Pick Me a Winner
Posted 7/12/2017 by UHBlog
Women need one-and-a-half cups of fruit and two-and-a-half cups of vegetables each day for optimal health, while men require two cups of fruit and three cups of vegetables. That’s not very much when you think about it – maybe a handful of berries on your breakfast cereal, an apple for an afternoon snack, some baby carrots with a midday sandwich, and a side of steamed broccoli and cauliflower with dinner.
Still, many American adults can’t seem to incorporate fruits and veggies into their diets. In some cases, it may be because they don’t know how to select fresh varieties at the market, says registered/licensed dietitian and certified diabetes educator Jan Friswold.
Friswold offers these eight tips for picking winning produce:
When possible, select a farmers market over a large chain store.
“Farmers markets help bring locally grown produce closer to the consumer, which leaves less of a carbon footprint,” she says. “Fruit is fresher, and fresh fruit has more nutrients and a better taste because it’s not coming across the continent under refrigeration.”
Because products are not shrink-wrapped, you can pick the exact apples, tomatoes or zucchinis you want in a quantity that makes sense for your needs.
Opt for produce that is firm, vibrantly colored, unwrinkled and unbruised and that doesn’t smell rancid.
Choose a rainbow of colors for maximum nutrition. For example, buy red tomatoes and strawberries, green cucumbers and spinach, purple grapes and eggplant, yellow squash and bell peppers, and orange carrots and sweet potatoes.
Don’t be afraid to try something new. Farmers markets typically offer a wider variety than traditional supermarkets do, so you can find several types of garlic, herbs or greens. Often the vendor is also the grower and is happy to share storage and cooking tips.
Stock up on sales and in-season produce, such as summer peaches and heirloom tomatoes. Many fruits, vegetables and herbs can be preserved for enjoyment in the winter by:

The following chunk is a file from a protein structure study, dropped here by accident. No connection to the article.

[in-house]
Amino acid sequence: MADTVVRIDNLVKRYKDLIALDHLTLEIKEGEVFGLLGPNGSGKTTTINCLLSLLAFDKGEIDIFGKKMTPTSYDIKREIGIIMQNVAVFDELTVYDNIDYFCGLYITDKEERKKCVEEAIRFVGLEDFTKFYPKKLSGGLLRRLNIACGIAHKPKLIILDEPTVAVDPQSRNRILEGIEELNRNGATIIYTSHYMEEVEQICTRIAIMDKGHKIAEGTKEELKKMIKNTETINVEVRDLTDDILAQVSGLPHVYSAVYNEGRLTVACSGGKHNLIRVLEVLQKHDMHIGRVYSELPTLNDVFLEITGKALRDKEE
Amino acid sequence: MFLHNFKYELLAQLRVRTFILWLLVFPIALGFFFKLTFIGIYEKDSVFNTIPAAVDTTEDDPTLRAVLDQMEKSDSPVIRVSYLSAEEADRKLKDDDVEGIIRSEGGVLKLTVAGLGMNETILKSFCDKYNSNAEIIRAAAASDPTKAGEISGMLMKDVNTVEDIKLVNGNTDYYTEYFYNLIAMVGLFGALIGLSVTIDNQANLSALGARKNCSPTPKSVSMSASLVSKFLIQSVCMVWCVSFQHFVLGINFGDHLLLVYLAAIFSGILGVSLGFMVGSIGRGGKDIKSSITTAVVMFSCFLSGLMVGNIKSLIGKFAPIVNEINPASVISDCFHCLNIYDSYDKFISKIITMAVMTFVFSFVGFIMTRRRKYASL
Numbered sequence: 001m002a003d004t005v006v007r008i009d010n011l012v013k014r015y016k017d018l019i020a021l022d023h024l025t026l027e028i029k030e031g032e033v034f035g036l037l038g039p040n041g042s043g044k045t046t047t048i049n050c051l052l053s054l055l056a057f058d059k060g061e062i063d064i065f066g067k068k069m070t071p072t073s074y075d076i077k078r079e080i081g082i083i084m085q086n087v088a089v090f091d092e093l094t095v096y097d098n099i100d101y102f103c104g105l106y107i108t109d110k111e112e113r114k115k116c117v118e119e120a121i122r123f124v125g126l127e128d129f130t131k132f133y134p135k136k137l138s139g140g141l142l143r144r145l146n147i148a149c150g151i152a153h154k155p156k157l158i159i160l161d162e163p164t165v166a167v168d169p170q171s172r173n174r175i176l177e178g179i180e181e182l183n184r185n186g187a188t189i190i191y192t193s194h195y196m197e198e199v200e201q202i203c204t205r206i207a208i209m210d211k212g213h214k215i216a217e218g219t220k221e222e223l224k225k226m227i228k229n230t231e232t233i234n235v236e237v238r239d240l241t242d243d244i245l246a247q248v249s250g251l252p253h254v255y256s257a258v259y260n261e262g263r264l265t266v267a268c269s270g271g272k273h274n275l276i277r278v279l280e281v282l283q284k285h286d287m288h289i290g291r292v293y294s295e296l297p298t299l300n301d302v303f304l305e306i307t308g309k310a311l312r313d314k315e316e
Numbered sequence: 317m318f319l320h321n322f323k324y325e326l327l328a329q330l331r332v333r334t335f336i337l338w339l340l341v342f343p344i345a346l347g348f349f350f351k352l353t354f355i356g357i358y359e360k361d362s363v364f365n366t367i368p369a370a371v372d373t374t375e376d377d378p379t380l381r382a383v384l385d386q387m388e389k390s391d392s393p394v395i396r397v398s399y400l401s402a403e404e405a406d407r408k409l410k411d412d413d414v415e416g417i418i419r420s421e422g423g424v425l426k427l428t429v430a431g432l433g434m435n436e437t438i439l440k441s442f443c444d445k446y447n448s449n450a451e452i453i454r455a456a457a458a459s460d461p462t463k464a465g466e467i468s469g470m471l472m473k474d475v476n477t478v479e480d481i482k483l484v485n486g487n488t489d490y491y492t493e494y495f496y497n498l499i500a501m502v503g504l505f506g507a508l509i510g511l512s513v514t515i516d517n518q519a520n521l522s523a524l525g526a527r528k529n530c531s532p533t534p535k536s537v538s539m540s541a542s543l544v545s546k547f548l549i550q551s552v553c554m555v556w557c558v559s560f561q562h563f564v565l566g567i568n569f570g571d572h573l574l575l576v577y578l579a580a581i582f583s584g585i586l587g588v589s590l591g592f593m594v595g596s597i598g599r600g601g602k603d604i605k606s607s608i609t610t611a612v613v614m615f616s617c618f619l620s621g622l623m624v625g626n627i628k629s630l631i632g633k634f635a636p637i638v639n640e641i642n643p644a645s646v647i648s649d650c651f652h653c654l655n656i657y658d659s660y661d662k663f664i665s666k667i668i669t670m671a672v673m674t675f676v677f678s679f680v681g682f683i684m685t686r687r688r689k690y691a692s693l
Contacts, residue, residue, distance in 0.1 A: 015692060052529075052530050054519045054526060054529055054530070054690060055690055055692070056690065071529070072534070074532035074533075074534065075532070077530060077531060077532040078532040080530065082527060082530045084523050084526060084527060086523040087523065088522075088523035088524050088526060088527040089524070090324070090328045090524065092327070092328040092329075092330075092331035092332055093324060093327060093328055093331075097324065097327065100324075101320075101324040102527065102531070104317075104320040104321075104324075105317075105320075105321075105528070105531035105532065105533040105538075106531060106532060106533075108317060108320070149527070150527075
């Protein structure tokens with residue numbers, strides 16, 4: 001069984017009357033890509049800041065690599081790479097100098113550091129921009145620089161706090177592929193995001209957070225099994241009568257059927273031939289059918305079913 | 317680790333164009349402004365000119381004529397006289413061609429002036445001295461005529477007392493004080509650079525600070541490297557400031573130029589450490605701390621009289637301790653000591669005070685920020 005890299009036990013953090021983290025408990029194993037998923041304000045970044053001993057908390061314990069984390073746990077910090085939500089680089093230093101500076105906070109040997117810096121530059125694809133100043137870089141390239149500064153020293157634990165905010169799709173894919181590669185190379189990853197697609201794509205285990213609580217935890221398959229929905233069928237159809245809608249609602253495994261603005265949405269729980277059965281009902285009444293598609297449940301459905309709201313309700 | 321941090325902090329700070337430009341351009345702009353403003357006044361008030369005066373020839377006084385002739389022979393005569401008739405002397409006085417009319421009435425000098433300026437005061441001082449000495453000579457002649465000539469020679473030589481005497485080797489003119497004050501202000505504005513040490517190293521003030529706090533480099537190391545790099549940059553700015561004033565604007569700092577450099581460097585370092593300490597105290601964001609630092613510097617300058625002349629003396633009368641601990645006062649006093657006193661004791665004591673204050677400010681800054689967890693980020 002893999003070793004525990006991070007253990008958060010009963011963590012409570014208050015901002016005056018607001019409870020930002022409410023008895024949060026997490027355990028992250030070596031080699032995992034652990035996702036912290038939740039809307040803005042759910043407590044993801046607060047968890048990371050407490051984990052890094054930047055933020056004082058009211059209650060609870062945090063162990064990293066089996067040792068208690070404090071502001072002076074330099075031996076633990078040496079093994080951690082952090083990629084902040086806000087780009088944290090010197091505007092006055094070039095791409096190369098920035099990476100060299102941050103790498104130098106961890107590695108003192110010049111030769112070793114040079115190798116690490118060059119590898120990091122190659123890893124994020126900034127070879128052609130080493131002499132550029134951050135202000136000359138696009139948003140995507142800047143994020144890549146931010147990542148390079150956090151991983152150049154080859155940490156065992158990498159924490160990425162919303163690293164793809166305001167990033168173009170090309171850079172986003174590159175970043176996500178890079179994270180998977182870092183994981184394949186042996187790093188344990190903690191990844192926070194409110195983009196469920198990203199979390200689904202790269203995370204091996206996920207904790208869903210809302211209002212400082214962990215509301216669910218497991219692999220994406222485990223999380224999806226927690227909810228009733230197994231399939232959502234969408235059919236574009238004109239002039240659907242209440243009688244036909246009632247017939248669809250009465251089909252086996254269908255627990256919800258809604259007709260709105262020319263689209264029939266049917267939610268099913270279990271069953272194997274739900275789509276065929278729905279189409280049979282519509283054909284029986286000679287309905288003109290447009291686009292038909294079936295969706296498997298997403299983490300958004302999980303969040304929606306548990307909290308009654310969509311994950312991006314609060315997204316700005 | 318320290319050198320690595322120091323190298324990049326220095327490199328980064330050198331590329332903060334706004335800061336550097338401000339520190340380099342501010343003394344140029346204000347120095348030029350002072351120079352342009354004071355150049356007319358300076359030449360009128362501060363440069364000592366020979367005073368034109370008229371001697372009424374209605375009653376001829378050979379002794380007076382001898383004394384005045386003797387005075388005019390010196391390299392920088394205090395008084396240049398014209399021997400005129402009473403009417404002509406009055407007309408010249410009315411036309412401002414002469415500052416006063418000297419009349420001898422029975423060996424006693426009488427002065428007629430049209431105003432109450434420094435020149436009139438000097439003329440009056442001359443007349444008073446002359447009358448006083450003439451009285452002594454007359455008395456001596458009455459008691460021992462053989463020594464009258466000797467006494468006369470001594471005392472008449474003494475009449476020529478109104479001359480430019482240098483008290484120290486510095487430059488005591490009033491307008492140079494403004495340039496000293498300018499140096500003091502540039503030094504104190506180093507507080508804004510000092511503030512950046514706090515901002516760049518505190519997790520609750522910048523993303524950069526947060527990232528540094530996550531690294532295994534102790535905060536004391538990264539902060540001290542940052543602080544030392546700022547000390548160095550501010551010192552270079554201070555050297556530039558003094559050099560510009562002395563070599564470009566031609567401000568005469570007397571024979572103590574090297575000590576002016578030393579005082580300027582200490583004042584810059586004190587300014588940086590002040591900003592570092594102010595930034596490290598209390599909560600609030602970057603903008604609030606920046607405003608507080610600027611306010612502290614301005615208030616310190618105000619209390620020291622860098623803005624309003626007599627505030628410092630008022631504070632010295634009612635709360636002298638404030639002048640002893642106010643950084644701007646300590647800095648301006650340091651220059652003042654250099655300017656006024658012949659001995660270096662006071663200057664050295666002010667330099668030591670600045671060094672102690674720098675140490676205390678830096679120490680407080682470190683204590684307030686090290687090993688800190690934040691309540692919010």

Freezing. Friswold recommends blanching first.
“Boil them for just a minute or two to stop the enzymes from further ripening the fruit or vegetable,” she says. “That way, they will freeze better and you will have a better-tasting product when you thaw it later.”
Freeze herbs in ice-cube trays filled with olive oil. Freeze overripe fruit in plastic storage bags. When Friswold wants a smoothie, she whirs frozen fruit with leftover veggies (even cooked broccoli) in a blender until frothy. She says the sweetness of the fruit masks the taste of the vegetables.
Canning. “This makes a great gift,” she says.
Drying. Fruit can be dried in a dehydrator (available at many housewares stores), and herbs can be dried in the microwave.
- Unless you plan on preserving, only buy what you can consume in the next few days. You may get a great price on a peck of peaches, but it will end up being a waste of money if the fruit rots before you can eat it.
Go straight home after shopping. Produce will begin rotting if left in a hot car.
Once home, store items properly to maximize their shelf life. Most produce tastes best within two or three days of harvesting.
“Lots of people don’t buy fruit because it spoils before they can eat it,” Friswold says. “If you keep it in the refrigerator, it will last a little longer than if you keep it at room temperature.”
However, tomatoes can be stored at room temperature for two to three days and onions and potatoes can stay out (but not together) for 10 to 12 weeks. Once bananas ripen, they should be refrigerated to extend their shelf life. Citrus fruit can be left at room temperature for a week but will last for up to two months when refrigerated.
Jan Friswold, RDN, LD, CDE, is a registered/licensed dietitian and certified diabetes educator at University Hospitals Cleveland Medical Center. You can request an appointment with Friswold or any other health care professional online.